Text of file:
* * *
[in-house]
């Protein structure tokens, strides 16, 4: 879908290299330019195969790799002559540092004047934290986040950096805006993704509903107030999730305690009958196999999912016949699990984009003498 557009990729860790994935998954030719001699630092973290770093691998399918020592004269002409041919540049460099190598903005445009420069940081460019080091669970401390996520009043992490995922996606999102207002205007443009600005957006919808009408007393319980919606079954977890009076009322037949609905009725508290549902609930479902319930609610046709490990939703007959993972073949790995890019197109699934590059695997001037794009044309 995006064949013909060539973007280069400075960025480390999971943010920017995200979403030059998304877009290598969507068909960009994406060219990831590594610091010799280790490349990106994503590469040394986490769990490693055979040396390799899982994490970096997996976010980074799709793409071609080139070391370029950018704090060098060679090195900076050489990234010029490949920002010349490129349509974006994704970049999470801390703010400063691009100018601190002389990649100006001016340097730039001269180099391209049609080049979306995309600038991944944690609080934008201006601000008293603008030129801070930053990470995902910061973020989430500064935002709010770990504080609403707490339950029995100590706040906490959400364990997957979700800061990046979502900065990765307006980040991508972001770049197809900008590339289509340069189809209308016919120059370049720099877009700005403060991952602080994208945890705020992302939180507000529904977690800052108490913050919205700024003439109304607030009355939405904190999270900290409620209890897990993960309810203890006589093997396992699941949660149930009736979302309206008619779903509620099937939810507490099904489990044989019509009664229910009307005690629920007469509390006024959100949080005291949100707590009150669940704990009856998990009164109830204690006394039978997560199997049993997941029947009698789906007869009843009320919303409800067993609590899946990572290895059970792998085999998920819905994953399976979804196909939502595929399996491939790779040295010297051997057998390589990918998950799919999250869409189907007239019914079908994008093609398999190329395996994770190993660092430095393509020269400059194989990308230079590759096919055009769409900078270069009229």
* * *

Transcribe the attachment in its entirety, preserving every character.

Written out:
[in-house]
């Protein structure tokens, strides 16, 4: 879908290299330019195969790799002559540092004047934290986040950096805006993704509903107030999730305690009958196999999912016949699990984009003498 557009990729860790994935998954030719001699630092973290770093691998399918020592004269002409041919540049460099190598903005445009420069940081460019080091669970401390996520009043992490995922996606999102207002205007443009600005957006919808009408007393319980919606079954977890009076009322037949609905009725508290549902609930479902319930609610046709490990939703007959993972073949790995890019197109699934590059695997001037794009044309 995006064949013909060539973007280069400075960025480390999971943010920017995200979403030059998304877009290598969507068909960009994406060219990831590594610091010799280790490349990106994503590469040394986490769990490693055979040396390799899982994490970096997996976010980074799709793409071609080139070391370029950018704090060098060679090195900076050489990234010029490949920002010349490129349509974006994704970049999470801390703010400063691009100018601190002389990649100006001016340097730039001269180099391209049609080049979306995309600038991944944690609080934008201006601000008293603008030129801070930053990470995902910061973020989430500064935002709010770990504080609403707490339950029995100590706040906490959400364990997957979700800061990046979502900065990765307006980040991508972001770049197809900008590339289509340069189809209308016919120059370049720099877009700005403060991952602080994208945890705020992302939180507000529904977690800052108490913050919205700024003439109304607030009355939405904190999270900290409620209890897990993960309810203890006589093997396992699941949660149930009736979302309206008619779903509620099937939810507490099904489990044989019509009664229910009307005690629920007469509390006024959100949080005291949100707590009150669940704990009856998990009164109830204690006394039978997560199997049993997941029947009698789906007869009843009320919303409800067993609590899946990572290895059970792998085999998920819905994953399976979804196909939502595929399996491939790779040295010297051997057998390589990918998950799919999250869409189907007239019914079908994008093609398999190329395996994770190993660092430095393509020269400059194989990308230079590759096919055009769409900078270069009229």